• #3
      I use my basement, it is a walk in through the garage. It is warm in winter and cooler in the summer. Have had no problems with dust or fumes, except tracking from shoes. Use good filters on returns in basement. I work year around in comfort. To me it is no contest.

      [ 01-05-2004, 10:12 AM: Message edited by: SCWood ]


      • #4
        FWIT - years back I had same decision.

        The LOML said no___decision was to be married or not

        She had no clue how much is was eventually gonna cost here either. Bet today the statement would never leave here mouth
        Wish I had the answers ..... even half of \'em


        • #5
          Thanks Ralph, SCWood, Cranky. My LOML approaves basement move
          What I am worried though is the dust and its effect on heating furnace.


          • #6
            Originally posted by Weekender:
            Thanks Ralph, SCWood, Cranky. My LOML approaves basement move
            What I am worried though is the dust and its effect on heating furnace.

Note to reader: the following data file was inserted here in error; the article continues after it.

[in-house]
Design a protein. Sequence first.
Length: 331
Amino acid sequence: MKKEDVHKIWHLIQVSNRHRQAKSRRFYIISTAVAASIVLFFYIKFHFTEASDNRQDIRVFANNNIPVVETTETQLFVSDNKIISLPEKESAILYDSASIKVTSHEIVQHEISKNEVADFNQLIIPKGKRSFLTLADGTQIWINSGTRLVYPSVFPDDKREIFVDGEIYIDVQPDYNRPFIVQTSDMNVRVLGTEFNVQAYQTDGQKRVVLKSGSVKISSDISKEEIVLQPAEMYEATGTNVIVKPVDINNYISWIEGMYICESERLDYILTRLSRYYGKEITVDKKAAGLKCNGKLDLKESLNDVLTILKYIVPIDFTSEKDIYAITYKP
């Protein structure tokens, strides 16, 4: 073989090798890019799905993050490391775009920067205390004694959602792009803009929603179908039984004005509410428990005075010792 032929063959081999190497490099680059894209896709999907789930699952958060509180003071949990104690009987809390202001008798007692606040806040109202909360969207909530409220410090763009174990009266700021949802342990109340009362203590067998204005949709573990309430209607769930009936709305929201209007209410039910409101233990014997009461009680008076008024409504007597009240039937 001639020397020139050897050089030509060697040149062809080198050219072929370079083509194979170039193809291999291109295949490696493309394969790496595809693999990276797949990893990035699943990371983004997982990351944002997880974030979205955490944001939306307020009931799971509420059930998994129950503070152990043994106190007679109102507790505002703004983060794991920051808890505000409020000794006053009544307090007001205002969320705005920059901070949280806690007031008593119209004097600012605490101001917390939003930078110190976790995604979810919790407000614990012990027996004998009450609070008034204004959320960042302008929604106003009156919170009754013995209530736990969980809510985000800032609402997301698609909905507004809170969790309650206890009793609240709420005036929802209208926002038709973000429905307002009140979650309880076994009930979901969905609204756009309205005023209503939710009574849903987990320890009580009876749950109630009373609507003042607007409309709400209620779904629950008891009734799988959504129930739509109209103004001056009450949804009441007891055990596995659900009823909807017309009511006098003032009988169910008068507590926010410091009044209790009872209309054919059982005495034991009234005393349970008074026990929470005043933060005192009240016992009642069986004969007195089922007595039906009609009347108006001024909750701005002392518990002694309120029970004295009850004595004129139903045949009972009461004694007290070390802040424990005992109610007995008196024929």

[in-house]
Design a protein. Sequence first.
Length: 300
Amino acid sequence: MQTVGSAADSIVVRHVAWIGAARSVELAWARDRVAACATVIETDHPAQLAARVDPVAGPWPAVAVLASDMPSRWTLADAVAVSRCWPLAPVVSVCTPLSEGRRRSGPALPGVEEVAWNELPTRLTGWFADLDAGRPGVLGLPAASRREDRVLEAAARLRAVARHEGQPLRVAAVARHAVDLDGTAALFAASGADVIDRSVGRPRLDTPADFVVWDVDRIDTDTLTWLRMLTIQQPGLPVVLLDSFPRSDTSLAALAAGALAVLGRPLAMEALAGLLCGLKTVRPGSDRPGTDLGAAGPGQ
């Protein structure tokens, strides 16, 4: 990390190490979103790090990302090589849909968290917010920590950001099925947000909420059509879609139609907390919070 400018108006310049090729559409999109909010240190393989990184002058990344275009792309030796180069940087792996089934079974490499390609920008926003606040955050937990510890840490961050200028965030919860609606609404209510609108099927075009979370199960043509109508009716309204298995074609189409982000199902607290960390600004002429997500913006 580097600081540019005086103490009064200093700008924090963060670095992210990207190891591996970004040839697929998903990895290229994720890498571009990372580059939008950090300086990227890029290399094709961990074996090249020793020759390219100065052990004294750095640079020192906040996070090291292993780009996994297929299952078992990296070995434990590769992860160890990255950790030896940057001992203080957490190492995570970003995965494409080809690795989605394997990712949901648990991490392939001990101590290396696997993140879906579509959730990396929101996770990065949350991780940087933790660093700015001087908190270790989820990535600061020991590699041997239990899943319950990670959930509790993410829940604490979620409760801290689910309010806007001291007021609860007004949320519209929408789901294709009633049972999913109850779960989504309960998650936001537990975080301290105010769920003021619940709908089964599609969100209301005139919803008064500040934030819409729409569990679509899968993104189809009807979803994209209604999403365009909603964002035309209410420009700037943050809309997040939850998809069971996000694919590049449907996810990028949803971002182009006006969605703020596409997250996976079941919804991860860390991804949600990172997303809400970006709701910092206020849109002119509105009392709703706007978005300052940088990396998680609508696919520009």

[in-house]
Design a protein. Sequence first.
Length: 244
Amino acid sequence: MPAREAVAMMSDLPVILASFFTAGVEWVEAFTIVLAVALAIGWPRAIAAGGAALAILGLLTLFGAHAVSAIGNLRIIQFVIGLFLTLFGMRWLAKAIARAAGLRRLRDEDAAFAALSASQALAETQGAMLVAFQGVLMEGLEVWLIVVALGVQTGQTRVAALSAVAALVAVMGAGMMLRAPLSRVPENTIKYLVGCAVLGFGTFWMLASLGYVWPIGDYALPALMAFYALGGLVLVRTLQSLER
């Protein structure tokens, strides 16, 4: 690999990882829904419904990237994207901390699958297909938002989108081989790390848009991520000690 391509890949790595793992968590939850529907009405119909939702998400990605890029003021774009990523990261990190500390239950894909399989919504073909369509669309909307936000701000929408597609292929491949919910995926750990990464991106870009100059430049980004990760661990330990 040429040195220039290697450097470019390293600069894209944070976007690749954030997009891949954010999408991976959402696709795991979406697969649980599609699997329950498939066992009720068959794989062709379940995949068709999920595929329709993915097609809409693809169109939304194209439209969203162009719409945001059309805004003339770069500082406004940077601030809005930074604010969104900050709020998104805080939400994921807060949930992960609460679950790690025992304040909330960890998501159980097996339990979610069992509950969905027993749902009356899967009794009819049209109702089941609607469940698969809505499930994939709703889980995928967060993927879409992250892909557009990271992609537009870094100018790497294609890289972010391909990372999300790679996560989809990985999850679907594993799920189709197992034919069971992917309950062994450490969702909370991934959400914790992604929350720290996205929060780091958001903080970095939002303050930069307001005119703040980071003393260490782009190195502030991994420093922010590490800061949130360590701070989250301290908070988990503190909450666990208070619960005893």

Then I shall trade you yours for mine
            The dust matter was reason I got the outside boot. It did work great for me - by spring I shall have finished main shop addition and be sporting 2200 s/f in seperate building plus the garage which was original shop so add another 288 s/f. She got a new 3 car garage outta deal that I cannot even enter w/o pleading now. I still think I came out ahead....don't share it with her please. She wants a green house next
            Wish I had the answers ..... even half of \'em


            • #7
              I'd say you came out ahead too

              With proper dust comtrol, you can have a shop inside. I run a DC unit as well as an overhead air filtration unit. While you can not get rid off all of the dust, you can control it enough so it is not a PITA for the rest of the house.
              Support Our Troops!


              • #8
                First I have a boiler no forced air. You might want to look at a different heating system, I saw some on another site for $100 to $200 dollars. No matter where you go with the shop, I recomend dust colection system. Hook up to each machine and an overhead fine particle collector, as memtioned above. I do not use A/C, I am below grad on 2 sides do nor really need it and I live in SC.


                • #9
                  Thanks for continued encouragement